Fisini - See on Map

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In the local dialect but also in Community documents of the 19th century the village was referred as Visin (1856) Fsin or Psin (it), and the inhabitants with anagram: Sfnades.

 

Description

In the local dialect but also in Community documents of the 19th century the village was referred as Visin (1856) Fsin or Psin (it), and the inhabitants with anagram: Sfnades. So the feminine type was prevailed: Fisini which was attributed to the verb blow because in the area "f'sa, sfniz ' means raises tornado (cyclones).

We can still see today the ruins of the fort Skala near the village Fisini in the area called "Towers." Skala was a medieval fortress of Limnos. It is not known when the church of the village, Agios Ioannis was built, but it is similar with others of the 19th century. It was a three storey fort, but after the earthquake of 1968 it was considered risky and one floor was removed with great difficulty because the grouting of the stone was done by lead.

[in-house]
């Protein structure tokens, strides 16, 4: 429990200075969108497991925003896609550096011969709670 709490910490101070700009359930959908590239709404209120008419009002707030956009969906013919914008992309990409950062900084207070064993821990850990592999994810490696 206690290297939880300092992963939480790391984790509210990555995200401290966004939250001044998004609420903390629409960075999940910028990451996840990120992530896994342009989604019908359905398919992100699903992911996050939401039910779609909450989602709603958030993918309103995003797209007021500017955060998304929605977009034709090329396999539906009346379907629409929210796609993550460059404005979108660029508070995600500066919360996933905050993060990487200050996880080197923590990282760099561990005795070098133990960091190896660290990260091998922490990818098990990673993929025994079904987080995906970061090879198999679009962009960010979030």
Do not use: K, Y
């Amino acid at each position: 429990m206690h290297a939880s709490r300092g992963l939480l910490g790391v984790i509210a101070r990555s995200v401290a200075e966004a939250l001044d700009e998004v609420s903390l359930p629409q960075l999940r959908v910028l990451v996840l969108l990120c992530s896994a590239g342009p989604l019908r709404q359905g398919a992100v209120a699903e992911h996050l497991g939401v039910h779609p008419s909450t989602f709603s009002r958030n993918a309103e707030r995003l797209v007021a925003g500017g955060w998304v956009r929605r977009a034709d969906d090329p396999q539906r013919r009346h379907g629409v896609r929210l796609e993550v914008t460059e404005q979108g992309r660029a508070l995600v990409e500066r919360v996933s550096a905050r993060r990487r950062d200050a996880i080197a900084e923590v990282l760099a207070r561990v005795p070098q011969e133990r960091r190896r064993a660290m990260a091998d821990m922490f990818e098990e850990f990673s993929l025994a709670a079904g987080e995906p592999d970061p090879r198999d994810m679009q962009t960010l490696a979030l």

During the Byzantine period, protector of Llmnos was Agios Alexandros, whose relic was kept in Limnos until 1308. But then, in a pirate raid His relic was stolen and transferred to Venice. Since then, the memoralization of Agios Alexandros as the protector of Limnos gradually weakened. Many twists and tragic events occurred on the island, such as pirate raids, strifes of imperial families for the control of the island, invasions of Franks and Byzantines who succeeded one another, the Venetian period after the fall of Constantinople and finally the Ottomans in 1479. All these changes have led old habits to be forgotten. The island began to recover from poverty and illiteracy from the mid-18th century. Merchants and sailors of Limnos came into contact with Europe, Russia and Egypt. They acquired wealth and began to rebuild their old humble and often ruined temples of their villages. The ship masters who sailed in Constantinople, Smyrna and Alexandria and in the ports of the Aegean and the Black Sea. On their way to the Dardanelles they were gazing their island from afar. A chapel, which was long been in the northeast coast of Limnos, was giving them courage and strength to continue the battle with the sea. It is the temple of Agios Sozon, which is located near Fisini. The sailors considered Agios Sozon as their savior because once he saved the castaways by turning his cloak into a boat. Similarly the inhabitants of the island who were waiting for their relatives to return from the sea, they were praying to the Saint to bring them back healthy. So for Limnos naval profession and for their families, Agios Sozon gradually became the protector saint, at the feast of which they had to go every year on Sept. 7th. Towards the end of the 19th century he is honored as the patron Saint of Limnos. 

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